ngatu (Tapa Cloth)

About this object

History of use

Barkcloth, commonly known as tapa, is one of the most distinctive products of the diverse cultures of the Pacific Islands. The name is derived from the Samoan word tapa, which means the undecorated edge of a piece of barkcloth, and the Hawaiian word kapa, a variety of barkcloth. Tapa was probably brought to the Pacific Islands thousands of years ago by the ancestors. No important occasion is complete without the presence of tapa, and those who make it continue to generate techniques and designs that serve both utilitarian and ceremonial purposes.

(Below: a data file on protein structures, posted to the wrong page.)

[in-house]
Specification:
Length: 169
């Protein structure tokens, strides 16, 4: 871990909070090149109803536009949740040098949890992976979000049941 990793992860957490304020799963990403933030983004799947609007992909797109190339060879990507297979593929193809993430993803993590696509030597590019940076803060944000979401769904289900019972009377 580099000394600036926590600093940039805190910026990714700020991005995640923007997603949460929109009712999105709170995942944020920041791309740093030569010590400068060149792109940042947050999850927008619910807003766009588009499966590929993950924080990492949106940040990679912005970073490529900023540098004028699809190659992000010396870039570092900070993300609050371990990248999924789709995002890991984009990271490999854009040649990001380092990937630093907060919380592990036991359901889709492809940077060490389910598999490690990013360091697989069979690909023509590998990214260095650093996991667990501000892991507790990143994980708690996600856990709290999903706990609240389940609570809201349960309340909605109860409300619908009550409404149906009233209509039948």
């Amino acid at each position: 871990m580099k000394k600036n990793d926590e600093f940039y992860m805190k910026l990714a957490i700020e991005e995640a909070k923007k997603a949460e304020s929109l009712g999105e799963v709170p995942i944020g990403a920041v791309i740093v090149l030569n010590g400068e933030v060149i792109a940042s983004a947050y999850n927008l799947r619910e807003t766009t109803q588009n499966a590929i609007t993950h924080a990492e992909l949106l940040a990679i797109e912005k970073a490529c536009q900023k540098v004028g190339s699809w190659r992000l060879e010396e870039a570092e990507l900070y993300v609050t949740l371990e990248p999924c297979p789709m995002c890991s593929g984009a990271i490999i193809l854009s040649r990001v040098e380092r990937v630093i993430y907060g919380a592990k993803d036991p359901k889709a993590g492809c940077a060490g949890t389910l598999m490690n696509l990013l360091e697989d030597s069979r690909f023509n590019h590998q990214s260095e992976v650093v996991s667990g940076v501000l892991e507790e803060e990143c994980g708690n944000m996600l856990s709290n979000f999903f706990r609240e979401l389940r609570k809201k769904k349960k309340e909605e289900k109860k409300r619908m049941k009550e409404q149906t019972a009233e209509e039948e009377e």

The tapa was given to the Millars in the centennial year in Tonga. Made for them by the wife of a government driver. Nuku'alofa is a seaport and the site of the royal palace (built in 1867).

Iconographic meaning

Design represents the relationship between church and state in Tonga. Tonga has a state church - Wesleyan Methodist.

Physical description

Large rectangular tapa cloth with handpainted designs in light and dark brown on natural coloured ground. In the centre are ‘X’ motifs, flanked on each side by church-like buildings and surrounded by stars and dots. Towards the ends are forest scenes. Each end has four squares, some containing numbers to show where cuts are made during special ceremonies.